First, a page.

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Braves Deal Pitching for Defense in Reds' Boone

Baseball: Cincinnati gets Neagle and Tucker in five-player trade.

November 11, 1998|From Associated Press

The Atlanta Braves started retooling their lineup Tuesday by acquiring Gold Glove second baseman Bret Boone from the Cincinnati Reds for starter Denny Neagle and outfielder Michael Tucker.

The Braves also got left-handed reliever Mike Remlinger and gave up minor league pitcher Rob Bell, who led the Carolina League with 197 strikeouts last season.

After failing to make it to the World Series for a second consecutive season, the Braves were willing to give up a key component in their splendid rotation to fill a trouble spot.

Boone, 29, led the Reds with 24 homers and 95 runs batted in last season, all career highs. He provides an offensive and defensive upgrade at second base, where Tony Graffanino (.211, five homers) and Keith Lockhart (.257, nine homers) were disappointments.

"One of the things that the Braves have always done is recognize and try to create the strongest possible defensive team we could," Atlanta General Manager John Schuerholz said. "Pitching and defense are the hallmark of our ballclub, and this guy's the best defensive second baseman in the game.

"We think with the emergence of Kevin Millwood and the presence of Bruce Chen, we're better able at this time to do not only what we but also many of you have suggested be done: balance our club with pitching and hitting."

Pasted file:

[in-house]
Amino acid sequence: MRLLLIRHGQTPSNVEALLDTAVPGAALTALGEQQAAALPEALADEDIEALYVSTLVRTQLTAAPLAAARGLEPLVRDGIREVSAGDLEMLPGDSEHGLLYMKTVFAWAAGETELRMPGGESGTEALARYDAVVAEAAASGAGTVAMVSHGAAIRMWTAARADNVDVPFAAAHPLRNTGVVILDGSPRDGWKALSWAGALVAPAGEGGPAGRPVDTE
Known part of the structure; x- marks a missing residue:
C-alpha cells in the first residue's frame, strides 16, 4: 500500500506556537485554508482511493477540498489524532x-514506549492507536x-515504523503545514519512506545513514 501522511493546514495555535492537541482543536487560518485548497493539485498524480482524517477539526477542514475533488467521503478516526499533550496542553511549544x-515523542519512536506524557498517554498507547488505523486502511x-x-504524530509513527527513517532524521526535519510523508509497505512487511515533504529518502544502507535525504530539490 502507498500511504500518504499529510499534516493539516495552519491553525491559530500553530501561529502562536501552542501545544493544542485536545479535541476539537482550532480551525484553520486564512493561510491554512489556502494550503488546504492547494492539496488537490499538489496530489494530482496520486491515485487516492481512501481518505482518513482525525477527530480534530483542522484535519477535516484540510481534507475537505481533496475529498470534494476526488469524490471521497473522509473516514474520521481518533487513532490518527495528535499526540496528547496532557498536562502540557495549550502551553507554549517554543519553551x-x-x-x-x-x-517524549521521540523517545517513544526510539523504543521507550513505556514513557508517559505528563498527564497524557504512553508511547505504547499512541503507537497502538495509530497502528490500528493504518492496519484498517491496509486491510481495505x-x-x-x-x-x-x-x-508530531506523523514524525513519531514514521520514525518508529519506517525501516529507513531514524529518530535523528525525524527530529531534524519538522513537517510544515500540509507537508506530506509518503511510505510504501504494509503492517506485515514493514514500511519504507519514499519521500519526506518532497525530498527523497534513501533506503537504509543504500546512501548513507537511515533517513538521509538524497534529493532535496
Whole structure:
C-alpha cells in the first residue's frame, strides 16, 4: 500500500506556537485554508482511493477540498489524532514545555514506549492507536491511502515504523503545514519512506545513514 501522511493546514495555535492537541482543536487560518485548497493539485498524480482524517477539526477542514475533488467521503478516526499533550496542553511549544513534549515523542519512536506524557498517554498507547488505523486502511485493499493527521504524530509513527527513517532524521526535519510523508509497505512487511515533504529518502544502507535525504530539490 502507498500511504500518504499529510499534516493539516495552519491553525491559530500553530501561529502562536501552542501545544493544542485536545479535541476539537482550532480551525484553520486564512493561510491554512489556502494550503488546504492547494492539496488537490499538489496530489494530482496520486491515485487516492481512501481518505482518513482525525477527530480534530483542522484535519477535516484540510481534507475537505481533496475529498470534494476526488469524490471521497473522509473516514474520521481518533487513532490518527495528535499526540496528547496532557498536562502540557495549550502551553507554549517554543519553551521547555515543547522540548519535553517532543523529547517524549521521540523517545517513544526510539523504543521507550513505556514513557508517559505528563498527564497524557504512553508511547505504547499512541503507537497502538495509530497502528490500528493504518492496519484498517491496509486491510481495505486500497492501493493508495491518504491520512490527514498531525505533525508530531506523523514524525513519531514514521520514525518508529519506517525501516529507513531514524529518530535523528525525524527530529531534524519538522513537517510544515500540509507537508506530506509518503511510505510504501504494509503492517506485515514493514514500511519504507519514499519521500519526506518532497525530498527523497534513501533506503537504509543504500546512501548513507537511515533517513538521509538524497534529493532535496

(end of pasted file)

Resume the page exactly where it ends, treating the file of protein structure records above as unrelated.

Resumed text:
Neagle, 30, went 16-11 with a 3.55 earned-run average last season, when he was one of five Atlanta starters to win at least 16 games. Nine teams approached the Reds about Boone, but Atlanta's offer was the only one they seriously considered.

"We felt we were overwhelmed and had to make a deal," General Manager Jim Bowden said. "I hated to trade Bret. He's someone I've been probably the closest to in my baseball career. It was the most difficult thing I've had to do. We paid a big price but without starting pitching, you can't compete."

The budget-strapped Reds had the fifth-lowest payroll in the major leagues this season ($20.7 million) and needed a starter they could afford. Neagle's contract includes salaries of $4.75 million for each of the next two years and a $5.25 million option for 2001 with a $500,000 buyout.

"We think it's a major upgrade to our starting pitching," Bowden said. "It was very evident to us that we couldn't compete for one that was in the free agent market."

Boone is under contract for $2.9 million next year and $3.75 million in 2000, with a $4 million option for 2001 that includes a $250,000 buyout.

Boone established a major league record for second baseman by committing only two errors in 1997, but hit a career-worst .223. He shortened his swing last season and had his best offensive season.

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